We partner with organisations of all sizes to design, develop, and implement innovative digital tech for some of the worlds' biggest challenges, that included in the past solutions for providing housing, improving healthcare, fixing financial systems.
We have worked with over a hundred of product teams all over the world, from individual founders who are self-funded, to large multi-national organizations. We have also created our own products and technologies.
This is How We Work. It details how we make successful tech products, and also how we run our company.
It is a living document that everyone at Skein can edit in a private GitHub repo.
Agile Sprint-based delivery
We are a Crown Commercial Services supplier and follow agile delivery approach outlined at https://www.gov.uk/service-manual/agile-delivery
Creating new Intellectal Property for our clients is important, and work to understand client's business vision, research competitors and market, analyse existing patents and academic publications.
One of our primary process goals is to make frequent, small releases of our working software. We do through frequent communication and weekly iterations on a product. A development sprint usually lasts two weeks.
We use error tracking software to capture exceptions in production.
We try to use tools that support all of the languages and platforms we use to build applications, and those which provide integrations that make it easy to stay on top of errors. Such as Sentry's Slack integration for real-time alerts and Jira integration so we can prioritize bugs in the same place as features.
Acceptance tests are jobs stories turned into code. This code is run against the application. When executed for the first time, the test will fail. The developer writes application code until the test passes.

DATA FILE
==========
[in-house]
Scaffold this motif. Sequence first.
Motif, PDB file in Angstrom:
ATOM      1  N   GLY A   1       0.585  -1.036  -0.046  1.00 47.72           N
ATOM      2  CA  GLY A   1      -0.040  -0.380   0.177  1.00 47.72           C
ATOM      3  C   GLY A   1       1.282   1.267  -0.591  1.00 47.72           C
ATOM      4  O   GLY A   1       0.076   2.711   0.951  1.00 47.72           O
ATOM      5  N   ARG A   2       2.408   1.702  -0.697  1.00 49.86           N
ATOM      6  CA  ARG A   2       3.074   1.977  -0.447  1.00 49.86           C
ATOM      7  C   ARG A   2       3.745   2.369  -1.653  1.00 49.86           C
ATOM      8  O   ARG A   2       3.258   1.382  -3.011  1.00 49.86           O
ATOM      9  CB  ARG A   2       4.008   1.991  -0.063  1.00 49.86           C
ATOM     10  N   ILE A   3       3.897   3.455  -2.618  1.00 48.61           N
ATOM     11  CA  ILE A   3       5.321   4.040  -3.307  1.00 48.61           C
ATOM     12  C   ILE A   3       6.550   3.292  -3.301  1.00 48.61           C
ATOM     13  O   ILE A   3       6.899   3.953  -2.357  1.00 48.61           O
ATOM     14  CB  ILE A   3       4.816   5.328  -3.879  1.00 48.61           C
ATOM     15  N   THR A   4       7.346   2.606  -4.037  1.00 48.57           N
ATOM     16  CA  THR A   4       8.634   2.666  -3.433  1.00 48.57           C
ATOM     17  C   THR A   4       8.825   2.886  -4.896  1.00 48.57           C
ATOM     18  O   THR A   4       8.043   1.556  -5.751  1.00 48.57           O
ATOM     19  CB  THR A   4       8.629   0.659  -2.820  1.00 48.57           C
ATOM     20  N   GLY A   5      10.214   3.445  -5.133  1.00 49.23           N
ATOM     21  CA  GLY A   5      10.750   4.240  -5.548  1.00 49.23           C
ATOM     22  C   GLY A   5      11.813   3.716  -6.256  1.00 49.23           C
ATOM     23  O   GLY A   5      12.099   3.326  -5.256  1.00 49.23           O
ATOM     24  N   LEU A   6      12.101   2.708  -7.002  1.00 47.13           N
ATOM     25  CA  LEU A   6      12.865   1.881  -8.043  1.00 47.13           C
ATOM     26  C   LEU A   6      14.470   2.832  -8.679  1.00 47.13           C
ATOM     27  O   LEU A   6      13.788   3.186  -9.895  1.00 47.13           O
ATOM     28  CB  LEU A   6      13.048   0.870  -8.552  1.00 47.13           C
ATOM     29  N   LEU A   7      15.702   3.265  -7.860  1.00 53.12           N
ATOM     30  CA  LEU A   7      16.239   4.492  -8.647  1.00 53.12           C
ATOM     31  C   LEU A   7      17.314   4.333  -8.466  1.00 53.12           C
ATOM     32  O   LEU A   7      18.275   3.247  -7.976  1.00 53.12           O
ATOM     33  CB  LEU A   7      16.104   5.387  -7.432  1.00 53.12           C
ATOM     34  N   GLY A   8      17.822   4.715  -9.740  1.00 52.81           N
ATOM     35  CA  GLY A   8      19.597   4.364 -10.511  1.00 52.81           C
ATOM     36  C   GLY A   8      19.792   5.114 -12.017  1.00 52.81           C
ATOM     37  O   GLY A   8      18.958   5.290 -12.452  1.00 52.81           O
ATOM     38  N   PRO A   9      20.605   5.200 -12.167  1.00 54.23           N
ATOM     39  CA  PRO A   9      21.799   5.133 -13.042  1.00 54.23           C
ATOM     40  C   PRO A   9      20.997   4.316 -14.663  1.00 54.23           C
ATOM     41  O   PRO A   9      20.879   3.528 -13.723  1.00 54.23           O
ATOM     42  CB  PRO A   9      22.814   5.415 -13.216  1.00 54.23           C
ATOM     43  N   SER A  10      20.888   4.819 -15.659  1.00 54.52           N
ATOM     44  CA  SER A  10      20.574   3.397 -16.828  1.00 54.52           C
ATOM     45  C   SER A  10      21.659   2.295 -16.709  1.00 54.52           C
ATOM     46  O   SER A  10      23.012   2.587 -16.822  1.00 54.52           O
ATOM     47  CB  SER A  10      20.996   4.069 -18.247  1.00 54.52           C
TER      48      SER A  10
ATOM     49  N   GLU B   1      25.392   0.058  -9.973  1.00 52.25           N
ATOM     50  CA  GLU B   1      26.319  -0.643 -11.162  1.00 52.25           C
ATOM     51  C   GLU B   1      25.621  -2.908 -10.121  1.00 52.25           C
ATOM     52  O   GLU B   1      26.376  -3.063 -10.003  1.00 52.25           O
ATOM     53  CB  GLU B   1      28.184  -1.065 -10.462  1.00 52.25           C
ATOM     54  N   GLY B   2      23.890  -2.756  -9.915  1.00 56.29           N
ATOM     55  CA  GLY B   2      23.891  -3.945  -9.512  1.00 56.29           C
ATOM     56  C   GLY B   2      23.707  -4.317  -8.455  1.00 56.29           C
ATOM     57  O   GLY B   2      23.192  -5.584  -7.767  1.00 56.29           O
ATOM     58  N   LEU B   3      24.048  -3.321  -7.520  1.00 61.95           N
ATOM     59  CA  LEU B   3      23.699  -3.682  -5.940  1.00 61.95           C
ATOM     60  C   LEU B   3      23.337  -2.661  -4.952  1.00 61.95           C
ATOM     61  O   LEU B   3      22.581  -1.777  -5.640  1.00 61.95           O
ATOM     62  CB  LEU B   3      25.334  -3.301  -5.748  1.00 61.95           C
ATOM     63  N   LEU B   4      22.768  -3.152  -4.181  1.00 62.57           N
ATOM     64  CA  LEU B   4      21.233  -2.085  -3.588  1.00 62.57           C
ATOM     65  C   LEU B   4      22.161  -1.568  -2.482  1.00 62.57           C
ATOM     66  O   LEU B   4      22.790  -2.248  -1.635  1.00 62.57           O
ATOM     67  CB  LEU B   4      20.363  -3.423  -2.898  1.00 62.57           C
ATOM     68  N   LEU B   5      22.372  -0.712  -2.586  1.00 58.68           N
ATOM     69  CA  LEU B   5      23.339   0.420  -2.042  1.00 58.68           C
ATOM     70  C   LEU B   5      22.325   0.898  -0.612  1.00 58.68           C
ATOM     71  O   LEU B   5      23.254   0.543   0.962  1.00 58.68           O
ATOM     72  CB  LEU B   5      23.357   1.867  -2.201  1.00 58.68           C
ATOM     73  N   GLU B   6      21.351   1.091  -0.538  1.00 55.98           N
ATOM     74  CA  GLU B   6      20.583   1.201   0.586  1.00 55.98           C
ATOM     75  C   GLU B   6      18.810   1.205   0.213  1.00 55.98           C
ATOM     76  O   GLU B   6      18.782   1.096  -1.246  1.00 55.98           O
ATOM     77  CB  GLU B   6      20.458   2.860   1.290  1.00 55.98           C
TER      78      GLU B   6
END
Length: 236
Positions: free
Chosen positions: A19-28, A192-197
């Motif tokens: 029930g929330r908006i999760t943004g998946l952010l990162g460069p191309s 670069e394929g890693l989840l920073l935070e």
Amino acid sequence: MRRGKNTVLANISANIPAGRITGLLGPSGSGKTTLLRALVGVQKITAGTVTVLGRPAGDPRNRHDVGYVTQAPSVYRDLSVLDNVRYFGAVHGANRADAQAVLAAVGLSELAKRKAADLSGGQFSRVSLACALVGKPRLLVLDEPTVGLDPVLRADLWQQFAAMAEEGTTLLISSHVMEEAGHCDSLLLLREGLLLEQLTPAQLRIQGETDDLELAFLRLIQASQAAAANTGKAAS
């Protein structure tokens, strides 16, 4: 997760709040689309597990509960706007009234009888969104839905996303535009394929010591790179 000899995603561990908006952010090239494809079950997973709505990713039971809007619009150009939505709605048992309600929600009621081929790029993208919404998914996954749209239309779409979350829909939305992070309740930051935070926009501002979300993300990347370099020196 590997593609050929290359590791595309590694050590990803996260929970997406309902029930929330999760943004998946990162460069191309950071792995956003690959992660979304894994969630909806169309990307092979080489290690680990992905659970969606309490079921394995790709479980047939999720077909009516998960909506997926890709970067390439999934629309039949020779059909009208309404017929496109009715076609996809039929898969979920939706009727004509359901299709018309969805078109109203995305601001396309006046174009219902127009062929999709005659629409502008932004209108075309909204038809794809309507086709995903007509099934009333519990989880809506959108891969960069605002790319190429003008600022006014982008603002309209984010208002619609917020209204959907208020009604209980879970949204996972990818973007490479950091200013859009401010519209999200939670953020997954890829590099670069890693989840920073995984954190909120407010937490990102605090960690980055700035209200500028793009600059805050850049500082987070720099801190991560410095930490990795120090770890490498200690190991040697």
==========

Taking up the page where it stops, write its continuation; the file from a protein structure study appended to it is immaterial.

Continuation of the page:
When the test passes, the developer commits the code into version control.
The code is then run on the Continuous Integration server to make sure the acceptance test still passes in an environment that matches the production environment.
Meanwhile, the code is pushed to the staging environment and the developer and customer representative smoke test it in the browser.
When the acceptance test is green for the CI server and you and any other designers, developers, or clients are satisfied that the jobs story is complete on staging, the feature can be deployed to production at will. This can result in features being pushed to production very frequently, and therefore more value is being delivered to customers sooner.
Here's the flow:
- Create a local feature branch based off master.
- When feature is complete and tests pass, stage the changes.
- When you've staged the changes, commit them.
- Write a good commit message.
- Share your branch.
- Submit a GitHub pull request.
- Ask for a code review in Slack.
- A team member other than the author reviews the pull request. They follow Code Review guidelines to avoid miscommunication.
- They make comments and ask questions directly on lines of code in the GitHub web interface or in Slack.
- When satisfied, they approve or comment on the pull request that it's ready to merge.